Expert comment on the Responsibility Deal’s calorie reduction pledge

In response to the announcement from the Department of Health about the Responsibility Deal’s calorie reduction pledge, the Infant & Toddler Forum (ITF) supports the commitment to cut and cap calories, but advises that there are more effective steps that can be taken to address obesity in the early years.

Judy More, paediatric dietitian and member of the ITF, commented: “Andrew Lansley has said that eating and drinking too many calories is at the heart of the nation’s obesity problem. Companies can work towards cutting calories in food over time, but for today’s toddlers at risk of becoming obese it is best to limit the portion sizes of high calorie, low nutrient foods that they eat now and only offer them once or twice per week. The ITF has developed portion sizes for 1-3 year olds to help achieve this without compromising the nutritional intake of toddlers. Our advice can help parents and carers offer young children appropriate amounts and contribute to the fight against childhood obesity. Research carried out by the ITF has shown that 77 per cent of parents have never received clear advice about toddler portions. We have developed portion sizes for all five food groups to address the lack of guidance on how much we should be feeding pre-school children. Our evidence-based advice can help reassure parents and carers who worry their children aren’t eating enough and dissuade them from covering toddlers to eat larger portions than they need to.”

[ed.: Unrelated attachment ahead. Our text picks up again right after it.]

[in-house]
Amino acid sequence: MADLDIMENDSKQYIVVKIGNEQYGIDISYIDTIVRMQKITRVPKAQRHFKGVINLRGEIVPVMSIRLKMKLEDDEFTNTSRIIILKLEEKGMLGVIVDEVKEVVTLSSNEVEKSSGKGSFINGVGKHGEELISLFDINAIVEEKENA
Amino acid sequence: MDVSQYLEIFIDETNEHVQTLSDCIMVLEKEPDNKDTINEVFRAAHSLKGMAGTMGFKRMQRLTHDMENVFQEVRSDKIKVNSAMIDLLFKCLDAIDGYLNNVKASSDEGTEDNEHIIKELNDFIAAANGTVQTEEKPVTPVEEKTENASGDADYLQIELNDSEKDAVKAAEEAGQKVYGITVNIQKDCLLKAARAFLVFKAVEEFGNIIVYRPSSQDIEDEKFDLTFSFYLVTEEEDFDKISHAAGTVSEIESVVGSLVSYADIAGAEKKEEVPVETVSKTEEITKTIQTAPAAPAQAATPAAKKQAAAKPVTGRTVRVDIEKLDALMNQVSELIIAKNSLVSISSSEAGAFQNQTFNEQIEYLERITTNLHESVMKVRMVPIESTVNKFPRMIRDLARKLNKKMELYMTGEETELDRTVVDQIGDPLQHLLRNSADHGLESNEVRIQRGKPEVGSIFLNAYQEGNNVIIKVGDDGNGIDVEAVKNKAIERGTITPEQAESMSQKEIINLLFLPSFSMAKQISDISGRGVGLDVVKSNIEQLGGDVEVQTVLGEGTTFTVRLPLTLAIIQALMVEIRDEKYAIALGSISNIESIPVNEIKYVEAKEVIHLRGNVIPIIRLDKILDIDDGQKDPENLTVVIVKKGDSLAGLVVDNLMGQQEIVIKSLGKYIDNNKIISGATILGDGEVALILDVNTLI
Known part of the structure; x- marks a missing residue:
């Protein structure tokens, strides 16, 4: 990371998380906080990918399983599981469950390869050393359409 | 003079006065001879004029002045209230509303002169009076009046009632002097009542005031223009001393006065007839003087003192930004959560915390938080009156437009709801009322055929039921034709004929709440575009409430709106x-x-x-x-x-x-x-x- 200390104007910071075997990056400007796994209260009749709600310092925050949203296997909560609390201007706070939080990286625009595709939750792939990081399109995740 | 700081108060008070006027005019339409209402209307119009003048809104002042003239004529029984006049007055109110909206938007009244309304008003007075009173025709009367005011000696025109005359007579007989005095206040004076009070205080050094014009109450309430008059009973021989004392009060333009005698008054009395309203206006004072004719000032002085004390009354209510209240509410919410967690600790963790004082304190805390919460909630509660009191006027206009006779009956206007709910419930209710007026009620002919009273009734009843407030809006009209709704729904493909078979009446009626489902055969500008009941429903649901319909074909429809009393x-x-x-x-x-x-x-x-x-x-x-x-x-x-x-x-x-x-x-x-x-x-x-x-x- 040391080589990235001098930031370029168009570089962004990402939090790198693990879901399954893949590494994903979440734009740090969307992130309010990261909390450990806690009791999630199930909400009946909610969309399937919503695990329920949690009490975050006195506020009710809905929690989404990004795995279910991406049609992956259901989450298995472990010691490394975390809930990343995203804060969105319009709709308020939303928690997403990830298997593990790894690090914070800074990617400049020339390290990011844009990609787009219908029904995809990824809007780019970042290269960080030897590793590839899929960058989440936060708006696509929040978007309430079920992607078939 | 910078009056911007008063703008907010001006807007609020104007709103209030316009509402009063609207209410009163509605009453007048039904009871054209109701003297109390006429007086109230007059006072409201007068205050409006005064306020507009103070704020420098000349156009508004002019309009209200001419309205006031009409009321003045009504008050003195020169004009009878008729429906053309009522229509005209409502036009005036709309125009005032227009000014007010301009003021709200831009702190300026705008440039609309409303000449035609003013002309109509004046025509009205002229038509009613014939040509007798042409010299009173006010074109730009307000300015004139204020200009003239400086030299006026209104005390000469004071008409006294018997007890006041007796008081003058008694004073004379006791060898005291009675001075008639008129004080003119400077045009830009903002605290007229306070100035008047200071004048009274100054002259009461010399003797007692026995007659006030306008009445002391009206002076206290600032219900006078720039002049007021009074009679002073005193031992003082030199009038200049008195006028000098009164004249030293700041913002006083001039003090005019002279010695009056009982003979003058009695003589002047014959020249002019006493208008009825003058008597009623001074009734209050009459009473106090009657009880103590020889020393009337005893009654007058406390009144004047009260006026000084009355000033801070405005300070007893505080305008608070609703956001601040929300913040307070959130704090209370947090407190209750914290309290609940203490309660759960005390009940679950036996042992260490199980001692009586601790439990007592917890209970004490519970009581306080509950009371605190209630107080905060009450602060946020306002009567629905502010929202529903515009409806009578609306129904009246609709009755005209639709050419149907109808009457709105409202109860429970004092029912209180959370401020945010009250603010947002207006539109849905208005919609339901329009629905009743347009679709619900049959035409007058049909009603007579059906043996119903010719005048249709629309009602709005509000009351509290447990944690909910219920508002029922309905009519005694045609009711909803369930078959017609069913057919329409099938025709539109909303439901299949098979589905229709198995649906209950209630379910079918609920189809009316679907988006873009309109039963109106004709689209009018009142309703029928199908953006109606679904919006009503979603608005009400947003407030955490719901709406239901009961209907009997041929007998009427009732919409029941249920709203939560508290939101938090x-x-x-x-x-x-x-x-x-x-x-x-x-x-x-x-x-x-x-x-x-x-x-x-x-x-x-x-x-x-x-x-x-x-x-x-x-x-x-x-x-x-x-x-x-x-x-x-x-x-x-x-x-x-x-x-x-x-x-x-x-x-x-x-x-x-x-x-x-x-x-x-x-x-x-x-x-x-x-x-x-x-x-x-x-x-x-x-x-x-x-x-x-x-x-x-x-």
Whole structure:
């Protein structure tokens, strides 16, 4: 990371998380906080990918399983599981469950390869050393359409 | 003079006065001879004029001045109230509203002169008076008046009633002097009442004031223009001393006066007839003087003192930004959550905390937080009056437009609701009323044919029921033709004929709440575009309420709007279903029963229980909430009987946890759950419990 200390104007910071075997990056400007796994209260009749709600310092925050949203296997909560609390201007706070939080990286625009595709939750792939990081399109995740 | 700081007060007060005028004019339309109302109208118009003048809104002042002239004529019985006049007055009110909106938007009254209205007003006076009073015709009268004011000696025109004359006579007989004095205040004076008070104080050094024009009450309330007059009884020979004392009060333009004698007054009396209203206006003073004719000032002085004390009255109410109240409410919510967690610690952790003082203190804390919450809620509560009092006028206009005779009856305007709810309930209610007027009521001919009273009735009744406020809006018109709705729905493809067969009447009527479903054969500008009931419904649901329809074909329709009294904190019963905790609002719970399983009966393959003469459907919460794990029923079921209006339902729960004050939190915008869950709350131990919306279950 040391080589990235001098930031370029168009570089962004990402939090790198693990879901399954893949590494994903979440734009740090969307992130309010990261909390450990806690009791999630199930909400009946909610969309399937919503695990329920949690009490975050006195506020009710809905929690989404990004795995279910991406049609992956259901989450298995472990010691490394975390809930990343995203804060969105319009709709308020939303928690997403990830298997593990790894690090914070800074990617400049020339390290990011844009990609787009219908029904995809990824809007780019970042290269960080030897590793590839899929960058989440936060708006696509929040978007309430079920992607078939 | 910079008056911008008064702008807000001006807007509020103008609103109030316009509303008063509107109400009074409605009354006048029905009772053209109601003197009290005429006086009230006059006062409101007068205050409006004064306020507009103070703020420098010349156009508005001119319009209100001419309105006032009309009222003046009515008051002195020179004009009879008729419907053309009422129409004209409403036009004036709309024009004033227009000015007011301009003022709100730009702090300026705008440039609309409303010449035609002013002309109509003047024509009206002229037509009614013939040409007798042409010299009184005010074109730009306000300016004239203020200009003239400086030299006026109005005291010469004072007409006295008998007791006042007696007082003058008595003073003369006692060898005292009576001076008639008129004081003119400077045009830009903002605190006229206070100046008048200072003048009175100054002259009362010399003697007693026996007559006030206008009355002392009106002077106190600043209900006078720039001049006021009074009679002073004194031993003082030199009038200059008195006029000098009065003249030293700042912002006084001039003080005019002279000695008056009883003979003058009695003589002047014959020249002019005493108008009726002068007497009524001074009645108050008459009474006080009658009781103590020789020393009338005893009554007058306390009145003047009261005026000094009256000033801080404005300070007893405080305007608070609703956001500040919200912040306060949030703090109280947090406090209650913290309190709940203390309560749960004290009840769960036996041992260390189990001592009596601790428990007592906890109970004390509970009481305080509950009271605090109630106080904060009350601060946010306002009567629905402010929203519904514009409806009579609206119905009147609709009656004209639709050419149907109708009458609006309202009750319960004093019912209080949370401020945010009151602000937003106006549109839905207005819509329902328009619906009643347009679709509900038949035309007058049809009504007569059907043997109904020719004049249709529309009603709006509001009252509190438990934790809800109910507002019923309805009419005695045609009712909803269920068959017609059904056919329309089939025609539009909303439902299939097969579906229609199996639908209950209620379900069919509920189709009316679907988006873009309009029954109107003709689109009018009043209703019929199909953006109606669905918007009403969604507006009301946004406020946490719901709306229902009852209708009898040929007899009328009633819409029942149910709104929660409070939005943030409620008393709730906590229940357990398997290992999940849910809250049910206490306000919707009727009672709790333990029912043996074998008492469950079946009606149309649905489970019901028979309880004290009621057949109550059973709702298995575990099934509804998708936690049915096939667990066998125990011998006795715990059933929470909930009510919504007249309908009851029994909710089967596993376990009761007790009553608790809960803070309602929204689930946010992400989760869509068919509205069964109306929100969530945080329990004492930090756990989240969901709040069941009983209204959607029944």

In addition to its portion sizes recommendations, the ITF’s ‘Ten Steps for Healthy Toddlers’ is a practical, easy-to-follow guide on mealtime behaviour to encourage, and how best to manage mealtimes.

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Further Reading

  • By Melanie Pilcher and Dr. Gillian Harris Establishing bedtime routines for toddlers and young children
  • By Dr. Gillian Harris, Honorary Senior Lecturer in Applied Developmental Psychology at the University of Birmingham and ITF member Most parents will struggle at some point to get their toddlers to eat certain foods. Is toddler food refusal a sign of an eating disorder. or is it merely a phase? In the run up to Eating Disorder Awareness Week, Gill Harris provides practical advice to help parents tackle fussy eating in toddlers.  
  • By Lucy Upton, on behalf of the Infant and Toddler Forum On behalf of the members of the Infant and Toddler Forum, I am proud to announce the launch of a new infant feeding educational programme, which includes practical resources for frontline healthcare professionals (HCPs) working with parents and infants.